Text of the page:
Apple helps Orange increase stores by a third as phone shops soar

Back in 1985, Vodafone predicted that only a million mobile phones would be sold in the UK while BT’s projection was half of that.

Now, with the iPad arriving on UK shores, there are now around 4.5 billion handsets worldwide and an expected 50 billion by 2020. New figures from The Local Data Company, which monitors retail units by walking every street in over 700 town centres every six months using the latest wireless PDAs and digital cameras, shows UK mobile phone shops have increased to 4,329 at April 2010, up from 3,847 in April 2009, representing an increase in number of shops of 12.5%.

Carphone Warehouse continues to dominate with 812 stores nationally and has shown a slight increase over 2009. However, Orange expanded its retail units by 37.5%, growing from 306 to 407 units at the start of April 2010.

The increase in numbers has been modest in London and the Midlands, but well above average in Scotland (17%) the North West (20%), the East of England (19%) and Wales (51%).

Although central London boasts 216 stores, Leeds (43), Glasgow (49), Bristol (44) and Manchester (67) all have quite similar volumes.

Unlike other retail sectors, independents struggle for market share and only one in five shops nationally is not owned by a major chain.

Matthew Hopkinson, director at The Local Data Company, said: “Independents often suffer most from the intense web-based competition and we estimate that many operate brand franchises rather than set up under their own name. But there is also an extent to which independents and multiples offer different products. Chains dominate with contract phones and independents thrive off pay as you go phones and other services, like unlocking and repairs.”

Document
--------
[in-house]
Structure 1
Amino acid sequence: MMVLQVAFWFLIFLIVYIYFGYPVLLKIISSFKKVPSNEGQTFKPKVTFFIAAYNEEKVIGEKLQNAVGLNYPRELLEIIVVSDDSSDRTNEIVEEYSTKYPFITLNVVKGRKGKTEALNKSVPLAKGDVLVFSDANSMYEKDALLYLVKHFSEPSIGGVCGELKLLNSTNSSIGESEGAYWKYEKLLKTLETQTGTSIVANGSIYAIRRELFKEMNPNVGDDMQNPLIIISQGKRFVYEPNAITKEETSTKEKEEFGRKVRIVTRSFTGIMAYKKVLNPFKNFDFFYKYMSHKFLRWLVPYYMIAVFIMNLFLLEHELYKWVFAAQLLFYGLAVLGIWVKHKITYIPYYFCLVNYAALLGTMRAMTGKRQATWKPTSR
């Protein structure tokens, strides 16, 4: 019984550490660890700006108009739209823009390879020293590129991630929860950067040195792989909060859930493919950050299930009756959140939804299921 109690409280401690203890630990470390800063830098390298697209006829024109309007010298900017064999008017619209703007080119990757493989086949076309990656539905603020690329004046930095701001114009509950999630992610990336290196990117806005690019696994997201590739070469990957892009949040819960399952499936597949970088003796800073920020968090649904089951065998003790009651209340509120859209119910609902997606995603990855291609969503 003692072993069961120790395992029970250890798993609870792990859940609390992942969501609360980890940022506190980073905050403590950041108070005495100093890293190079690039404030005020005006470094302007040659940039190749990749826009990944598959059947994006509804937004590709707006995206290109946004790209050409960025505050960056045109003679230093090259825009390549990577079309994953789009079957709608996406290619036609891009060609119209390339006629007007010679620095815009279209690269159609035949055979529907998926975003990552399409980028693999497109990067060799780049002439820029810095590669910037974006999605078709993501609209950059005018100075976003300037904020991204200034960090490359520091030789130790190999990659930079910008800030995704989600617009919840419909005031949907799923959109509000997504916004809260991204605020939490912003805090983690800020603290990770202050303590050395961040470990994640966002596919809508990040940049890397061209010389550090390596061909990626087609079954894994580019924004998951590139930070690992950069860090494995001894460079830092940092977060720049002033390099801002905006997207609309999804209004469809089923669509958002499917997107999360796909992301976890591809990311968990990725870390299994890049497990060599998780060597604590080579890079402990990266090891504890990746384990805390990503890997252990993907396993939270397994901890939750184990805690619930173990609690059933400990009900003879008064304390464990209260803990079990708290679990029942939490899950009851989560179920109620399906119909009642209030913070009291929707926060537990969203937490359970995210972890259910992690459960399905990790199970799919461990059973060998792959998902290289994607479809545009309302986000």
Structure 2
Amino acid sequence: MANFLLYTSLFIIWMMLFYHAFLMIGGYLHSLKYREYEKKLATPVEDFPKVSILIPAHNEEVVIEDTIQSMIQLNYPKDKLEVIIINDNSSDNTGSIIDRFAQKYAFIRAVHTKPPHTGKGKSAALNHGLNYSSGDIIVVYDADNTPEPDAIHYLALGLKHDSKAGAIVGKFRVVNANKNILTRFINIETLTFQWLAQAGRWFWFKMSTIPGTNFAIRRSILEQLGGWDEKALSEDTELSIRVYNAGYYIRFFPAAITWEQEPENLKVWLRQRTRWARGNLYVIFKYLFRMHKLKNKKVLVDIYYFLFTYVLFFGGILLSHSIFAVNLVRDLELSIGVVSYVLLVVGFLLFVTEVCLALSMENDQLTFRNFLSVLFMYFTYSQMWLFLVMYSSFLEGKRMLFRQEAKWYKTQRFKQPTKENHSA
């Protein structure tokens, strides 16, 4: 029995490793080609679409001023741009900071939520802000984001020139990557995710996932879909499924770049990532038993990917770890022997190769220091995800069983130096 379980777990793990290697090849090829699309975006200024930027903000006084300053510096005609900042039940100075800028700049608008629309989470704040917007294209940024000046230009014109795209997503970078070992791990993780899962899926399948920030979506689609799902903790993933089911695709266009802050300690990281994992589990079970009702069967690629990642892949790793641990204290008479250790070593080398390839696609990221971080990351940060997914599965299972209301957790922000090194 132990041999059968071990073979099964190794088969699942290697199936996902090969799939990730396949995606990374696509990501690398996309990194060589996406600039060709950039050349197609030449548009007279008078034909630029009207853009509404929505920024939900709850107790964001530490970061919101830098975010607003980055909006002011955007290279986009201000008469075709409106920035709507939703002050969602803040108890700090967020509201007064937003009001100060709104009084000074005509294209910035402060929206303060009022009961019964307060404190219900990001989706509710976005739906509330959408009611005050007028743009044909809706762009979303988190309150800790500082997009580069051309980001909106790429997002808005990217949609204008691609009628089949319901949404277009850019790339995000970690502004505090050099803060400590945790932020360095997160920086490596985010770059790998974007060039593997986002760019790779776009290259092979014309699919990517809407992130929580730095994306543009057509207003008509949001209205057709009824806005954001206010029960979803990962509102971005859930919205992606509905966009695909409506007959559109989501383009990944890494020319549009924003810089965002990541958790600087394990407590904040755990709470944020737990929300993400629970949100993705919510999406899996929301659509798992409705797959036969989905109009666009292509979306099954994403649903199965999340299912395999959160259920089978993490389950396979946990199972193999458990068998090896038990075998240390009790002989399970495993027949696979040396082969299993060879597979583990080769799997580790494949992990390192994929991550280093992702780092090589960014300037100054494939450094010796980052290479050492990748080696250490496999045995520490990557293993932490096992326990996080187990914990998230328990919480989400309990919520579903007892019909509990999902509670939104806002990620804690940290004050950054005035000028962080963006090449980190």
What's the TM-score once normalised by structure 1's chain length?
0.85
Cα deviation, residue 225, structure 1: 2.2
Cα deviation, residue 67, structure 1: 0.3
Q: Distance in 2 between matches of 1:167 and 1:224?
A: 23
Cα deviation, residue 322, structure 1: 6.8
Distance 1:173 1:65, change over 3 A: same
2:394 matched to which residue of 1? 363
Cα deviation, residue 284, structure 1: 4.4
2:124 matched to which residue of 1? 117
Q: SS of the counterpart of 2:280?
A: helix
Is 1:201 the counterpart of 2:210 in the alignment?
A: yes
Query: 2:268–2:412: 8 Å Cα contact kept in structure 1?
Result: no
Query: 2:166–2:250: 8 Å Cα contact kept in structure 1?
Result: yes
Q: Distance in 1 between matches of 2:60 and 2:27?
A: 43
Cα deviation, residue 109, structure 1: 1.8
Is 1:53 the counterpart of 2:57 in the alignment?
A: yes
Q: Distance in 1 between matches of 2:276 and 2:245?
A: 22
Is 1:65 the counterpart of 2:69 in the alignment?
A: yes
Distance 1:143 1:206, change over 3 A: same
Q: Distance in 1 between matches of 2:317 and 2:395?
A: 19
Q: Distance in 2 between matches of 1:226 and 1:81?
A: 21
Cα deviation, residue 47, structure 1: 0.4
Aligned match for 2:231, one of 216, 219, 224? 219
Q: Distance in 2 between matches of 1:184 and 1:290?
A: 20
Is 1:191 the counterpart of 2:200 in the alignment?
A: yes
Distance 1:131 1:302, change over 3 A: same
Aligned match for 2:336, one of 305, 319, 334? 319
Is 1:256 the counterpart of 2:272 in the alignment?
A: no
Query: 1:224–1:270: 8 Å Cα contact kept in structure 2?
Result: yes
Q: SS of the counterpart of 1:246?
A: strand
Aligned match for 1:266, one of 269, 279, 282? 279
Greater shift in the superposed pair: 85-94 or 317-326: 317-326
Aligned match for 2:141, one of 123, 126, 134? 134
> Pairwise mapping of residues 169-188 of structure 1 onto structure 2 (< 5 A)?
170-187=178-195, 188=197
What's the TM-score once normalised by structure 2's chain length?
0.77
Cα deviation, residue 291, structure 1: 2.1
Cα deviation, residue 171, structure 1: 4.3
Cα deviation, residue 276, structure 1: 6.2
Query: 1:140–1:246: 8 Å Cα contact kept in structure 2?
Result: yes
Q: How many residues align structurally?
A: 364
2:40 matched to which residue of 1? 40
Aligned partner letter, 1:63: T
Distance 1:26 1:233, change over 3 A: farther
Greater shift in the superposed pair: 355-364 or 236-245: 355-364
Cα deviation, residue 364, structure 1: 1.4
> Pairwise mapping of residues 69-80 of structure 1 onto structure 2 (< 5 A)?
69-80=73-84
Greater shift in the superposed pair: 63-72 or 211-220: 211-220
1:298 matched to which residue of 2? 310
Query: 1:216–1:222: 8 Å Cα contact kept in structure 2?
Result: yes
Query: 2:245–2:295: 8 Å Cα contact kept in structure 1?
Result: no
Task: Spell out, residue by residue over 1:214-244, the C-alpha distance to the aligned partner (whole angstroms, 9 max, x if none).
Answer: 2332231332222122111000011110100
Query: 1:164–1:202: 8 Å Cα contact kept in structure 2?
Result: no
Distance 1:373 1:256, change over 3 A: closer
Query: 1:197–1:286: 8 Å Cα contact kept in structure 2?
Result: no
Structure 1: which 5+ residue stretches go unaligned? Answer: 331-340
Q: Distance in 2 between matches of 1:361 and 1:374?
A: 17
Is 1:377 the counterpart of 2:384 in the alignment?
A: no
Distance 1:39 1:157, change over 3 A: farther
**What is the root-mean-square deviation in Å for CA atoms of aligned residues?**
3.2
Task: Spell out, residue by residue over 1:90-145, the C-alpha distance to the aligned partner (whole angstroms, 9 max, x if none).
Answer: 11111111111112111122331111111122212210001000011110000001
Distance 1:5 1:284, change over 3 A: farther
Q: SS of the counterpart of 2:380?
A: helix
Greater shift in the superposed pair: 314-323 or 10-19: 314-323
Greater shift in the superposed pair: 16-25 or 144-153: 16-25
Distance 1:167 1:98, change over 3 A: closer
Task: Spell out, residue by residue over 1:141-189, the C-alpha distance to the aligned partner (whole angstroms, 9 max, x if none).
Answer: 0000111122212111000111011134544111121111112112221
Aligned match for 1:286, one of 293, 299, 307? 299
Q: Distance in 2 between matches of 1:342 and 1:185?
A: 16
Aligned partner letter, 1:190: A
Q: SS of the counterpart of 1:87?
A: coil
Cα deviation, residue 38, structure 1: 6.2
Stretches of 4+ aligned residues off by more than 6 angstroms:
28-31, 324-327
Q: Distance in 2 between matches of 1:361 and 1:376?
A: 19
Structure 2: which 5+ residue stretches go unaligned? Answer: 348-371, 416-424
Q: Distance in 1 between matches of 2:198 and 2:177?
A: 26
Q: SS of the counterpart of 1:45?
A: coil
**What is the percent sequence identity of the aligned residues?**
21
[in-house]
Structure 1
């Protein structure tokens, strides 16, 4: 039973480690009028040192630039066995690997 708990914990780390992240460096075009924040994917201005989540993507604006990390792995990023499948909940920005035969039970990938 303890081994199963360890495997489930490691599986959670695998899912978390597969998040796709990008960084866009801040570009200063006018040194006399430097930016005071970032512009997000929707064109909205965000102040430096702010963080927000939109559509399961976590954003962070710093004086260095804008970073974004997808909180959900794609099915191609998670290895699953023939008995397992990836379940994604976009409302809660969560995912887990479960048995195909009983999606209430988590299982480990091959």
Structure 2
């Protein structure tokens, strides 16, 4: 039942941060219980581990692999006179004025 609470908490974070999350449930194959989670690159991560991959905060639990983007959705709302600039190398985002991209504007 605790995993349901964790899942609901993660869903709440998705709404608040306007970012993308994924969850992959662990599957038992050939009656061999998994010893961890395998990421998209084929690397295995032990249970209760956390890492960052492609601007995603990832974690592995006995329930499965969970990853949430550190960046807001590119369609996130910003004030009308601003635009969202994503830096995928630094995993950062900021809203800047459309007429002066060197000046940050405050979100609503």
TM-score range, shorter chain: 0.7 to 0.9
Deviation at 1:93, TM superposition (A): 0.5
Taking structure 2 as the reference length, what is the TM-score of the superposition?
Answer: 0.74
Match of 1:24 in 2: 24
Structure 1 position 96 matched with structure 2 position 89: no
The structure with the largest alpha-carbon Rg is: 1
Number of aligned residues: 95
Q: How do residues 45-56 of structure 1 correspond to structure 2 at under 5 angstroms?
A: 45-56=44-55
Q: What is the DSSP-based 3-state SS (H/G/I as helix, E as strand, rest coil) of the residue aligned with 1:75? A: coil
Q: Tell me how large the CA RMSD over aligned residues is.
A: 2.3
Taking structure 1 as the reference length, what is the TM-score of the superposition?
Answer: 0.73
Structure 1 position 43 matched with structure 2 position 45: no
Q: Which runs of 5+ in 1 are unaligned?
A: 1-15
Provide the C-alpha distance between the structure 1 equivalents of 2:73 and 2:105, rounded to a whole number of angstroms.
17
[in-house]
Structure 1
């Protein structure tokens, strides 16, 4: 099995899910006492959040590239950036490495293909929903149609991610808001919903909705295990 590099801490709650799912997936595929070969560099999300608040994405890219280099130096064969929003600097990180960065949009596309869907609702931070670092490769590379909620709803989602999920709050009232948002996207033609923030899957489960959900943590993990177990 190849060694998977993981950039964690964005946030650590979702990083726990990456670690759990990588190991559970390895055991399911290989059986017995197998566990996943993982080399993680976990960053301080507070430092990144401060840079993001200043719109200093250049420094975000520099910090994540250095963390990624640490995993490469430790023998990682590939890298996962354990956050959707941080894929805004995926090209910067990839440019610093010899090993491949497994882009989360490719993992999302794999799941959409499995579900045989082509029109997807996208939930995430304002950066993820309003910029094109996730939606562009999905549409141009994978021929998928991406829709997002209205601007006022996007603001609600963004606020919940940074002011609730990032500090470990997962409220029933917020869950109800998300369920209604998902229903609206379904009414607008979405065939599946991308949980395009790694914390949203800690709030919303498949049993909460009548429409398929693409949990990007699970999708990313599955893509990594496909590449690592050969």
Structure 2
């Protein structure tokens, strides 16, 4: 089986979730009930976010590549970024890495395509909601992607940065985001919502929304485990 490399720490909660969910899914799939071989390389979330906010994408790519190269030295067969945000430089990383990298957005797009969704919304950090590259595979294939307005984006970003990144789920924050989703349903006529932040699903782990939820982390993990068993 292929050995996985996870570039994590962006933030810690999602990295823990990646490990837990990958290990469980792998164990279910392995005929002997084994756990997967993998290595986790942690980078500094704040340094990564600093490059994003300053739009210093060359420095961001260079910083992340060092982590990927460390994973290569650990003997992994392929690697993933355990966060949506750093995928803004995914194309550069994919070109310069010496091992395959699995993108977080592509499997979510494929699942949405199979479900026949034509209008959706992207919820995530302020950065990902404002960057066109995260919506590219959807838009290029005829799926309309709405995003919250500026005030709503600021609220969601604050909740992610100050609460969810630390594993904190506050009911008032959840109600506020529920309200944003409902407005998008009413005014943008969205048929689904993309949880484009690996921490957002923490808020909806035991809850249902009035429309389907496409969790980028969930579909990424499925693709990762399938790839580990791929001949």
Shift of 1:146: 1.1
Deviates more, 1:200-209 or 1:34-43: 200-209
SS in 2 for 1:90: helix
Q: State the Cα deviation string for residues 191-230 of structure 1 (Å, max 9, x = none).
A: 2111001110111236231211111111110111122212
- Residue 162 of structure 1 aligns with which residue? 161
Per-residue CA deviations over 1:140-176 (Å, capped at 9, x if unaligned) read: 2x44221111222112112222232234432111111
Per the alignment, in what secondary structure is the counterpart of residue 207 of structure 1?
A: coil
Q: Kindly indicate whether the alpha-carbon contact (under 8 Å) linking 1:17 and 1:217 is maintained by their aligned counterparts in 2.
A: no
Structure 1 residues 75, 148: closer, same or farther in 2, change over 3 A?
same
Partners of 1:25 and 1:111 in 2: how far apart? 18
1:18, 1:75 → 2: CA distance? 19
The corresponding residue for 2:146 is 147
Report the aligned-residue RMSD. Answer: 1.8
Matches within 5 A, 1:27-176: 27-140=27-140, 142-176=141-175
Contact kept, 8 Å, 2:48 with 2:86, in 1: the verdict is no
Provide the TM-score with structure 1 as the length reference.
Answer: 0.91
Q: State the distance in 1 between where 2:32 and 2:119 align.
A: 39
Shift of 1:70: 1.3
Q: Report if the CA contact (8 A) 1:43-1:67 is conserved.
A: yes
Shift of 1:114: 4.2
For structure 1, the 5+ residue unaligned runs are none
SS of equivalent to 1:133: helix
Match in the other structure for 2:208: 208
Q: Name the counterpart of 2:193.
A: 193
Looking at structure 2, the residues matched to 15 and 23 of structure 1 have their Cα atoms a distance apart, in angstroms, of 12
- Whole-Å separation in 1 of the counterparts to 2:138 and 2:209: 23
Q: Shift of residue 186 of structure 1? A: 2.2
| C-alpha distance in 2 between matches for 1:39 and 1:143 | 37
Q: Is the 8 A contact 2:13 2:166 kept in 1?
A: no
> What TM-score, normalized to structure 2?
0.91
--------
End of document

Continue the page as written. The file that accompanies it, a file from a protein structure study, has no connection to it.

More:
Liz Peace, chief executive of the British Property Federation, said: “In some areas, it’s fair to say that people think phone shops are like pound stores in that they’re a bit of a plague. They do increase footfall in high streets, but for many other retailers it’s the wrong kind as many kids who go to play with new phones often won’t be buying much. But there is no denying that the continued success is down to our obsession with shopping, speaking and even share dealing on the move. Every time you think phones have reached their technological peak, something new comes along. The challenge with phone shops will be to do the same and to keep evolving if they are to keep consumers’ interest.”

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